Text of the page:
Logo design is one of many areas of design that looks easy but is damned difficult to pull off successfully. Last year’s aborted University of California rebrand shows just how difficult it is to please all of the people, all of the time – especially when remaking an existing much-loved identity. But even when you’re designing a logo for a new company or brand, it’s a huge challenge to create something that will grab attention – in the right way – in a crowded marketplace.
Part of the challenge is looking current and contemporary without shortening your logo’s shelf-life. In other words, you don’t want it to look old-fashioned, but neither do you want it to look so ‘of the moment’ that it will quickly date.
To help guide you through, we’ve rounded up 20 of the biggest logo trends at time of writing. Don’t blindly follow them, but being aware of them can help you strike that perfect balance that will lead to a logo that’s memorable and impactful without needing a redesign come 2014…
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01. Black & White
A sufficient logo should always hold its own in black and white. And sometimes that’s all you need. The classic combo of black and white will be a big trend throughout 2013 as designers stray from vibrant colours to stand out with bold typographic treatment. The commanding use of black and white may be one of the oldest traditions but done in the right way, it’s far from boring and out-dated.
From Microsoft to Harvard University, many re-brands have appeared lately baring their bones. It could be argued that logo design has always followed this path – simplify a well-known logo over time as it becomes more familiar. But it certainly seems to have intensified recently, with more and more logos paring their design down to almost nothing.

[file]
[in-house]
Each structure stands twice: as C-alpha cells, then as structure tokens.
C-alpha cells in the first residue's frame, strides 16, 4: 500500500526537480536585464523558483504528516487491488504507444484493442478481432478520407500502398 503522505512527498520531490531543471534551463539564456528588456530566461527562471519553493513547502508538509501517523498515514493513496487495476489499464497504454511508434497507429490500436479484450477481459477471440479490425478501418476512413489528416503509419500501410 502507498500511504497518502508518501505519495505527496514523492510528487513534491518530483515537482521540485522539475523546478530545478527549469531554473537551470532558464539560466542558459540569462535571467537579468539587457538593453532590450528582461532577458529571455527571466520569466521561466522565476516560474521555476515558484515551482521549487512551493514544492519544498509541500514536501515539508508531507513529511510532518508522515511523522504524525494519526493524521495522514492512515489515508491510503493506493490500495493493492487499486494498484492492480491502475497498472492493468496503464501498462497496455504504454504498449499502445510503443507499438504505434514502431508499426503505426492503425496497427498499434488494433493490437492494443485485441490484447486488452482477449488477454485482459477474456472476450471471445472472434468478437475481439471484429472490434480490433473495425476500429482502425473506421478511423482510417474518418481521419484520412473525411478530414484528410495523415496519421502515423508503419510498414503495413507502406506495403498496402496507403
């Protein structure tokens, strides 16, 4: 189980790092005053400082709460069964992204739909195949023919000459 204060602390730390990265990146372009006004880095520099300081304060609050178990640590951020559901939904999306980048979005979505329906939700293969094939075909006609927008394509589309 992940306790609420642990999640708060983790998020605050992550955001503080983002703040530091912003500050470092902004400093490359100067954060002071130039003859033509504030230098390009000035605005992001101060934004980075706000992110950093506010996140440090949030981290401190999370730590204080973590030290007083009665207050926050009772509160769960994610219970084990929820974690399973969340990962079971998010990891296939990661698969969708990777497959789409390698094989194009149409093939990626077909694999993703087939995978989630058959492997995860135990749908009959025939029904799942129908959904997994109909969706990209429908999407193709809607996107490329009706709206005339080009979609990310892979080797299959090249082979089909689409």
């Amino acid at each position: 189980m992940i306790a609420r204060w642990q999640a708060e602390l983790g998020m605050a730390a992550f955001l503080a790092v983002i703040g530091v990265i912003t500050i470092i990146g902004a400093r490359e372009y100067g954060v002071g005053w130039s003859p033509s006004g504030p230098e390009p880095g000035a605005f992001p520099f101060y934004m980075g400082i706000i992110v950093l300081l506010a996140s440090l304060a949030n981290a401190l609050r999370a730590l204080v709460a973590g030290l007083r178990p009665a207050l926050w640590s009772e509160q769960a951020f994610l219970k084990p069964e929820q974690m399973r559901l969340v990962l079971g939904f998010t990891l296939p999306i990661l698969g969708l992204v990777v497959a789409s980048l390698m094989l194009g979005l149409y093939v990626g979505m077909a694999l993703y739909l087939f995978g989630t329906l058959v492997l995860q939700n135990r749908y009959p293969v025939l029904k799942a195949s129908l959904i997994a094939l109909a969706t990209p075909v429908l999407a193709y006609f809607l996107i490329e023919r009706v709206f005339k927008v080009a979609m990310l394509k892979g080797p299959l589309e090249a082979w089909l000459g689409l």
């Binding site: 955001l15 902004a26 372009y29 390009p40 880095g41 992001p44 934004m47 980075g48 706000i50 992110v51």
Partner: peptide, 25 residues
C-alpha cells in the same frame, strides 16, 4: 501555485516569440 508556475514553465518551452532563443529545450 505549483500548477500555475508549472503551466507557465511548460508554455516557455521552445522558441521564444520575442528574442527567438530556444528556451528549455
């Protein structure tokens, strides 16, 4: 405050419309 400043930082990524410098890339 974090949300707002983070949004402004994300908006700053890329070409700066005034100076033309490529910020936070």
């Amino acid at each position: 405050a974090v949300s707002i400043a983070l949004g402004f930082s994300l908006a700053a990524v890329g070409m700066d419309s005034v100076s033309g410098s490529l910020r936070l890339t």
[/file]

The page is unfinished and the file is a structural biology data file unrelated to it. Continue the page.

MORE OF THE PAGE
03. Mosaic patterns
Mosaic patterns are becoming more popular in logos, used to represent such concepts as ‘growth’, ‘values’, ‘coming together’, ‘strength in numbers’ and ‘multicultural’. Logos are incorporating a mosaic pattern in an increasingly sophisticated manner, using only a small number of elements to structure the arrangement. This allows the logo to work in multiple size formats and does not become blurred once at a smaller scale.
The colour palette makes a considerable impact on the mosaic itself; organic colours, from sky blues to grassy greens to muted browns, are becoming increasingly popular.
In contrast to trends 01 and 02, there’s a parallel surge of energetic logo designs. The Olympic Rio 2016 logo‘s vibrant and charismatic identity is a great example – but this kind of visual impact isn’t easy to create. To learn more, check out the video below, showing the immense level of research, thought and passion that went into its development.
05. Serrated edges
If you thought it was a relief to finally shake off the Olympic London 2012 logo, be well prepared for abstracted geometric shapes in 2013. Take this unofficial logo for next year’s Transformers 4 movie; whatever you may think of the franchise, the harsh serrated edges of the logo work brilliantly here to grab the attention.
06. App Store influence
App design has become so popular, it’s not surprising that the highly crafted, slick icons that dominate the app store and populate your digital devices have moved into branding and, specifically, logo design.
Timeless and clear is one way to describe this trend. Specifically, ‘Airline’ refers to an international aesthetic, a truly modern look, and simple designs with bold colours. Take Anagrama‘s work for Bricos – a hardware store rebranding as a global construction material supplier – as an example. Bold red, white and blue stripes makes the brand feel very international and is a strong corporate identity.
08. Transparent overlaps
Transparent links, or overlaps, is a new technique that’s become very prevalent over the last year or so. You can see this in Jessica Walsh’s – of Sagmeister Walsh fame – identity for EDP, where shapes are expertly fused together using subtle gradients to produce a slick logo for the leading renewable energy supplier.
09. Honest and simple